Institutional Affiliation: Syracuse University
|Closing the Gap: The Effect of a Targeted, Tuition-Free Promise on College Choices of High-Achieving, Low-Income Students|
with Susan Dynarski, C.J. Libassi, Stephanie Owen: w25349
High-achieving, low-income students attend selective colleges at far lower rates than upper-income students with similar achievement. Behavioral biases, intensified by complexity and uncertainty in the admissions and aid process, may explain this gap. In a large-scale experiment we test an early commitment of free tuition at a flagship university. The intervention did not increase aid: rather, students were guaranteed before application the same grant aid that they would qualify for in expectation after admission. The offer substantially increased application (68 percent vs 26 percent) and enrollment rates (27 percent vs 12 percent). The results suggest that uncertainty, present bias, and loss aversion loom large in students’ college decisions.
|The Gap within the Gap: Using Longitudinal Data to Understand Income Differences in Student Achievement|
with Susan Dynarski: w22474
Gaps in educational achievement between high- and low-income children are growing. Administrative datasets maintained by states and districts lack information about income but do indicate whether a student is eligible for subsidized school meals. We leverage the longitudinal structure of these datasets to develop a new measure of persistent economic disadvantage. Half of 8th graders in Michigan are eligible for a subsidized meal, but just 14 percent have been eligible for subsidized meals in every grade since kindergarten. These children score 0.94 standard deviations below those never eligible for subsidies and 0.23 below those occasionally eligible. There is a negative, linear relationship between grades spent in economic disadvantage and 8th grade test scores. This is not an exposure ef...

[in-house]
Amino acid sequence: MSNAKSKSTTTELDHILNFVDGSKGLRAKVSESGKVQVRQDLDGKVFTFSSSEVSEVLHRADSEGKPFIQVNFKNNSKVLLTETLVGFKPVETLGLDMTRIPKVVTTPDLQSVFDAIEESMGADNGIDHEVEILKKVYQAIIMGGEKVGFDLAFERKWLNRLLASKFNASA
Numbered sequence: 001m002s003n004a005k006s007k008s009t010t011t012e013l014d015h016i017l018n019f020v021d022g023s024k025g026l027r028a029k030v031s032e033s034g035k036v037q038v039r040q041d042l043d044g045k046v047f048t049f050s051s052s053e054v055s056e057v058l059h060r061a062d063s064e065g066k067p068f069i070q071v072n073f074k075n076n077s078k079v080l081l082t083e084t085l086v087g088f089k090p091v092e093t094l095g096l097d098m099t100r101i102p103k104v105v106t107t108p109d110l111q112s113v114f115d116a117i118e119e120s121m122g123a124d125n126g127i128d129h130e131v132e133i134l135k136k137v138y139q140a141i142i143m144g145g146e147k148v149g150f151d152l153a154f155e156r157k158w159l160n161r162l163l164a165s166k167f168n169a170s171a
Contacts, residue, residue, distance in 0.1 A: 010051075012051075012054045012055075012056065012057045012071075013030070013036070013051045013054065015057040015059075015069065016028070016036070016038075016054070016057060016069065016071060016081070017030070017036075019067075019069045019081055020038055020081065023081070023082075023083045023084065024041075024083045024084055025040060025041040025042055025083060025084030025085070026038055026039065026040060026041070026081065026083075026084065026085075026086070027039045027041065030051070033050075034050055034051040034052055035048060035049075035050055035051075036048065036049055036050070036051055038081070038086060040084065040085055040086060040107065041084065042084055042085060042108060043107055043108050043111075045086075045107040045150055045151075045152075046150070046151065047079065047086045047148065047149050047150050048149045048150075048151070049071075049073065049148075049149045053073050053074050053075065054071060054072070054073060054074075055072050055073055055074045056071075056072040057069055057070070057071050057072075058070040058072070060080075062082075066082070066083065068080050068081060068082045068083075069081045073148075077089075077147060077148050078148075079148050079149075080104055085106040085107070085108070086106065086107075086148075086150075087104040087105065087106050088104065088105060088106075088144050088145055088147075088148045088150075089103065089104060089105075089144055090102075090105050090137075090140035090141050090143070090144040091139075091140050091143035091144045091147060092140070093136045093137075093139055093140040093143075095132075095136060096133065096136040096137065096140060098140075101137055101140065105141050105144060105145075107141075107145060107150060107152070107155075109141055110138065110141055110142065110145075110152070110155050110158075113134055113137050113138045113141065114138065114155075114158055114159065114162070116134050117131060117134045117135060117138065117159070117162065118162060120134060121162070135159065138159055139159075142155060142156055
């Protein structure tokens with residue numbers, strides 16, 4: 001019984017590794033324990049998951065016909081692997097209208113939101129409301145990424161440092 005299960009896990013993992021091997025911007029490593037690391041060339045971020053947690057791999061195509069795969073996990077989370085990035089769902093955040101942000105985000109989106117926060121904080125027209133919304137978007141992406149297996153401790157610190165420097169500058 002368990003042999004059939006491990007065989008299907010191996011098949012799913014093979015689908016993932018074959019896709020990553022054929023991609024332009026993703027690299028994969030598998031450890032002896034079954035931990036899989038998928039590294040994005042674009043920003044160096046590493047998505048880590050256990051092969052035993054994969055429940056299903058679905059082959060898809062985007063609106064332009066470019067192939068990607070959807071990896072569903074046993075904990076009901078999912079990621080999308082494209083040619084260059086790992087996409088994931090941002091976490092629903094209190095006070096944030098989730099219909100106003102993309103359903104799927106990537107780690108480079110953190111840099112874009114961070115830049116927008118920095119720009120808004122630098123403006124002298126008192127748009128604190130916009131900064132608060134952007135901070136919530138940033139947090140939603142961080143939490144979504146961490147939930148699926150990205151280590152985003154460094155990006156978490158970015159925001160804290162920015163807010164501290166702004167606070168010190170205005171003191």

Published: Katherine Michelmore & Susan Dynarski, 2017. "The Gap Within the Gap," AERA Open, vol 3(1).